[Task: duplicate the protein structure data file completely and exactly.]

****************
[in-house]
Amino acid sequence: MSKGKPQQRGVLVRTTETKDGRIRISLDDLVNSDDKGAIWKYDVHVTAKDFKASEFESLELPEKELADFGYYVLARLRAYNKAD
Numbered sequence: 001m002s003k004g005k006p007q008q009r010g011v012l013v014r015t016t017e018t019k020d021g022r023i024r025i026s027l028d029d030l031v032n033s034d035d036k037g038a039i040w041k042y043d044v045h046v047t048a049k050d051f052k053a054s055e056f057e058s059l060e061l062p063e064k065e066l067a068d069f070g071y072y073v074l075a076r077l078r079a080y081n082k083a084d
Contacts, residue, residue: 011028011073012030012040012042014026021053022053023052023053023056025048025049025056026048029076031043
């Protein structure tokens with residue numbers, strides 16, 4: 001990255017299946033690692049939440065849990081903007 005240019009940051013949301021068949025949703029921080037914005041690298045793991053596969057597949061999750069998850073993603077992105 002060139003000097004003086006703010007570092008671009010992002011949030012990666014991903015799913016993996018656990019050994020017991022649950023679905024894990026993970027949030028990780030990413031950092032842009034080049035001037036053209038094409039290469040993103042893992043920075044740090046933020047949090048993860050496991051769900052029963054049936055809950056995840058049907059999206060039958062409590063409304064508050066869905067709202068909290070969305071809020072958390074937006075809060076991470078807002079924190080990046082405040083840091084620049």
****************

[in-house]
Amino acid sequence: MSKGKPQQRGVLVRTTETKDGRIRISLDDLVNSDDKGAIWKYDVHVTAKDFKASEFESLELPEKELADFGYYVLARLRAYNKAD
Numbered sequence: 001m002s003k004g005k006p007q008q009r010g011v012l013v014r015t016t017e018t019k020d021g022r023i024r025i026s027l028d029d030l031v032n033s034d035d036k037g038a039i040w041k042y043d044v045h046v047t048a049k050d051f052k053a054s055e056f057e058s059l060e061l062p063e064k065e066l067a068d069f070g071y072y073v074l075a076r077l078r079a080y081n082k083a084d
Contacts, residue, residue: 011028011073012030012040012042014026021053022053023052023053023056025048025049025056026048029076031043
């Protein structure tokens with residue numbers, strides 16, 4: 001990255017299946033690692049939440065849990081903007 005240019009940051013949301021068949025949703029921080037914005041690298045793991053596969057597949061999750069998850073993603077992105 002060139003000097004003086006703010007570092008671009010992002011949030012990666014991903015799913016993996018656990019050994020017991022649950023679905024894990026993970027949030028990780030990413031950092032842009034080049035001037036053209038094409039290469040993103042893992043920075044740090046933020047949090048993860050496991051769900052029963054049936055809950056995840058049907059999206060039958062409590063409304064508050066869905067709202068909290070969305071809020072958390074937006075809060076991470078807002079924190080990046082405040083840091084620049």